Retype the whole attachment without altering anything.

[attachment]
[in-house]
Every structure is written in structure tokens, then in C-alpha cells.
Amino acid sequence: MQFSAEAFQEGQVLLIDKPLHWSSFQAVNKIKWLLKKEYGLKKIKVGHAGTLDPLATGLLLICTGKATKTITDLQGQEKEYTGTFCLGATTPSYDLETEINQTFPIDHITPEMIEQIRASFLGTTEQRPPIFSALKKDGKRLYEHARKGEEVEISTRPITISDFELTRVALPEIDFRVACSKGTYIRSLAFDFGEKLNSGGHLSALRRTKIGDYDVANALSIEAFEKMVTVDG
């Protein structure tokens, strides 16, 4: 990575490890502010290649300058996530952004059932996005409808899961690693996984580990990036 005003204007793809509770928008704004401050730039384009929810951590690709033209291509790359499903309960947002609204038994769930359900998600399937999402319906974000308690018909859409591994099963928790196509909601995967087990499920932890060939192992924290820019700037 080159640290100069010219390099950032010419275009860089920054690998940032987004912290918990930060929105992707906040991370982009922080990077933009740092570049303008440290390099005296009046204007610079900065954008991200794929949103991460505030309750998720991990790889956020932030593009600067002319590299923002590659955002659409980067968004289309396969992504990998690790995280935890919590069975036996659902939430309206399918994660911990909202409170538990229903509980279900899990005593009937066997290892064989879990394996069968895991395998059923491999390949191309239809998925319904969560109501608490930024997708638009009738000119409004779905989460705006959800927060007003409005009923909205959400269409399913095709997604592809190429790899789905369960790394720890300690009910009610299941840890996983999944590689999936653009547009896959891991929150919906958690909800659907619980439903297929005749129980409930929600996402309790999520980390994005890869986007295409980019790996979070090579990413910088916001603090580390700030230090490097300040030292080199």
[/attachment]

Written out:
[in-house]
Every structure is written in structure tokens, then in C-alpha cells.
Amino acid sequence: MQFSAEAFQEGQVLLIDKPLHWSSFQAVNKIKWLLKKEYGLKKIKVGHAGTLDPLATGLLLICTGKATKTITDLQGQEKEYTGTFCLGATTPSYDLETEINQTFPIDHITPEMIEQIRASFLGTTEQRPPIFSALKKDGKRLYEHARKGEEVEISTRPITISDFELTRVALPEIDFRVACSKGTYIRSLAFDFGEKLNSGGHLSALRRTKIGDYDVANALSIEAFEKMVTVDG
């Protein structure tokens, strides 16, 4: 990575490890502010290649300058996530952004059932996005409808899961690693996984580990990036 005003204007793809509770928008704004401050730039384009929810951590690709033209291509790359499903309960947002609204038994769930359900998600399937999402319906974000308690018909859409591994099963928790196509909601995967087990499920932890060939192992924290820019700037 080159640290100069010219390099950032010419275009860089920054690998940032987004912290918990930060929105992707906040991370982009922080990077933009740092570049303008440290390099005296009046204007610079900065954008991200794929949103991460505030309750998720991990790889956020932030593009600067002319590299923002590659955002659409980067968004289309396969992504990998690790995280935890919590069975036996659902939430309206399918994660911990909202409170538990229903509980279900899990005593009937066997290892064989879990394996069968895991395998059923491999390949191309239809998925319904969560109501608490930024997708638009009738000119409004779905989460705006959800927060007003409005009923909205959400269409399913095709997604592809190429790899789905369960790394720890300690009910009610299941840890996983999944590689999936653009547009896959891991929150919906958690909800659907619980439903297929005749129980409930929600996402309790999520980390994005890869986007295409980019790996979070090579990413910088916001603090580390700030230090490097300040030292080199």